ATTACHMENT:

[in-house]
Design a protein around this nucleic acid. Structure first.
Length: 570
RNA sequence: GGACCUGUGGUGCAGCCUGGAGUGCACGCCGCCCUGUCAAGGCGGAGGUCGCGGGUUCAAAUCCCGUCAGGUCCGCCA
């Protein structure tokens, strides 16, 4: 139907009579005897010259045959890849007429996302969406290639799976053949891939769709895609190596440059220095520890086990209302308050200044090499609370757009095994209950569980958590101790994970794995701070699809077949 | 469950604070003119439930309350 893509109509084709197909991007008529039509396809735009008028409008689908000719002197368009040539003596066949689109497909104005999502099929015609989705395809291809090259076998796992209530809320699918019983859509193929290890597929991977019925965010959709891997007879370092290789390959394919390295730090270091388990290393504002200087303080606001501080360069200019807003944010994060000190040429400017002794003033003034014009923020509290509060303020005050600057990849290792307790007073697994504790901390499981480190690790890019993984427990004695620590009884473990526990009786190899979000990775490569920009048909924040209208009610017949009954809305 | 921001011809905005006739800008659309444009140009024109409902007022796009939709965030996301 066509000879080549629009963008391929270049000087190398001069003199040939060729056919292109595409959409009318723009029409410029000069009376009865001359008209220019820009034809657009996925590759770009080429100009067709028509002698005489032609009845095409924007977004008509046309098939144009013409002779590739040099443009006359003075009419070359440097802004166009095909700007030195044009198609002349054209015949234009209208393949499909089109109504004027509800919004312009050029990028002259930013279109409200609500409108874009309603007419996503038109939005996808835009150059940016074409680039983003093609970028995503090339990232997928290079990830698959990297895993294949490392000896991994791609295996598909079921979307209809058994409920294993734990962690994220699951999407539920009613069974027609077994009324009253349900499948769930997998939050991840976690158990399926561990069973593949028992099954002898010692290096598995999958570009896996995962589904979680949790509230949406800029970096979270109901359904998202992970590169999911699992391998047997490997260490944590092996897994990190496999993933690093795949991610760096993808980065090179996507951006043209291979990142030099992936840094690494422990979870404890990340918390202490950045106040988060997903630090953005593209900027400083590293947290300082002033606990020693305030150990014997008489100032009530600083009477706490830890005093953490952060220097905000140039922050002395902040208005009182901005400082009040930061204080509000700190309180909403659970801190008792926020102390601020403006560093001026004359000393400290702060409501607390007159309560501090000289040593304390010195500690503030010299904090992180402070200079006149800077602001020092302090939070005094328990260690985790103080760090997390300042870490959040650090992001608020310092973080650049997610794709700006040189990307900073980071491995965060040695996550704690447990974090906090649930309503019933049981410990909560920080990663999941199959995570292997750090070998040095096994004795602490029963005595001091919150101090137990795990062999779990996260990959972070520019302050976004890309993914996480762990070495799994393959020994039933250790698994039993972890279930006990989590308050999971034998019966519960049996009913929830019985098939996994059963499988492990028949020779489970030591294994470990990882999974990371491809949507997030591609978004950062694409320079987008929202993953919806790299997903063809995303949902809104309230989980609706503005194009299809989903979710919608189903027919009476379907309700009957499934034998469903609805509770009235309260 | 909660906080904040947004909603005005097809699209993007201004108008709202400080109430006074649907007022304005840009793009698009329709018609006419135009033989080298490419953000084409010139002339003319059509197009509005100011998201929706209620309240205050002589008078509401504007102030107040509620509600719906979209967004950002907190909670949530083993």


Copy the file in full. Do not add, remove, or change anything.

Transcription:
[in-house]
Design a protein around this nucleic acid. Structure first.
Length: 570
RNA sequence: GGACCUGUGGUGCAGCCUGGAGUGCACGCCGCCCUGUCAAGGCGGAGGUCGCGGGUUCAAAUCCCGUCAGGUCCGCCA
């Protein structure tokens, strides 16, 4: 139907009579005897010259045959890849007429996302969406290639799976053949891939769709895609190596440059220095520890086990209302308050200044090499609370757009095994209950569980958590101790994970794995701070699809077949 | 469950604070003119439930309350 893509109509084709197909991007008529039509396809735009008028409008689908000719002197368009040539003596066949689109497909104005999502099929015609989705395809291809090259076998796992209530809320699918019983859509193929290890597929991977019925965010959709891997007879370092290789390959394919390295730090270091388990290393504002200087303080606001501080360069200019807003944010994060000190040429400017002794003033003034014009923020509290509060303020005050600057990849290792307790007073697994504790901390499981480190690790890019993984427990004695620590009884473990526990009786190899979000990775490569920009048909924040209208009610017949009954809305 | 921001011809905005006739800008659309444009140009024109409902007022796009939709965030996301 066509000879080549629009963008391929270049000087190398001069003199040939060729056919292109595409959409009318723009029409410029000069009376009865001359008209220019820009034809657009996925590759770009080429100009067709028509002698005489032609009845095409924007977004008509046309098939144009013409002779590739040099443009006359003075009419070359440097802004166009095909700007030195044009198609002349054209015949234009209208393949499909089109109504004027509800919004312009050029990028002259930013279109409200609500409108874009309603007419996503038109939005996808835009150059940016074409680039983003093609970028995503090339990232997928290079990830698959990297895993294949490392000896991994791609295996598909079921979307209809058994409920294993734990962690994220699951999407539920009613069974027609077994009324009253349900499948769930997998939050991840976690158990399926561990069973593949028992099954002898010692290096598995999958570009896996995962589904979680949790509230949406800029970096979270109901359904998202992970590169999911699992391998047997490997260490944590092996897994990190496999993933690093795949991610760096993808980065090179996507951006043209291979990142030099992936840094690494422990979870404890990340918390202490950045106040988060997903630090953005593209900027400083590293947290300082002033606990020693305030150990014997008489100032009530600083009477706490830890005093953490952060220097905000140039922050002395902040208005009182901005400082009040930061204080509000700190309180909403659970801190008792926020102390601020403006560093001026004359000393400290702060409501607390007159309560501090000289040593304390010195500690503030010299904090992180402070200079006149800077602001020092302090939070005094328990260690985790103080760090997390300042870490959040650090992001608020310092973080650049997610794709700006040189990307900073980071491995965060040695996550704690447990974090906090649930309503019933049981410990909560920080990663999941199959995570292997750090070998040095096994004795602490029963005595001091919150101090137990795990062999779990996260990959972070520019302050976004890309993914996480762990070495799994393959020994039933250790698994039993972890279930006990989590308050999971034998019966519960049996009913929830019985098939996994059963499988492990028949020779489970030591294994470990990882999974990371491809949507997030591609978004950062694409320079987008929202993953919806790299997903063809995303949902809104309230989980609706503005194009299809989903979710919608189903027919009476379907309700009957499934034998469903609805509770009235309260 | 909660906080904040947004909603005005097809699209993007201004108008709202400080109430006074649907007022304005840009793009698009329709018609006419135009033989080298490419953000084409010139002339003319059509197009509005100011998201929706209620309240205050002589008078509401504007102030107040509620509600719906979209967004950002907190909670949530083993």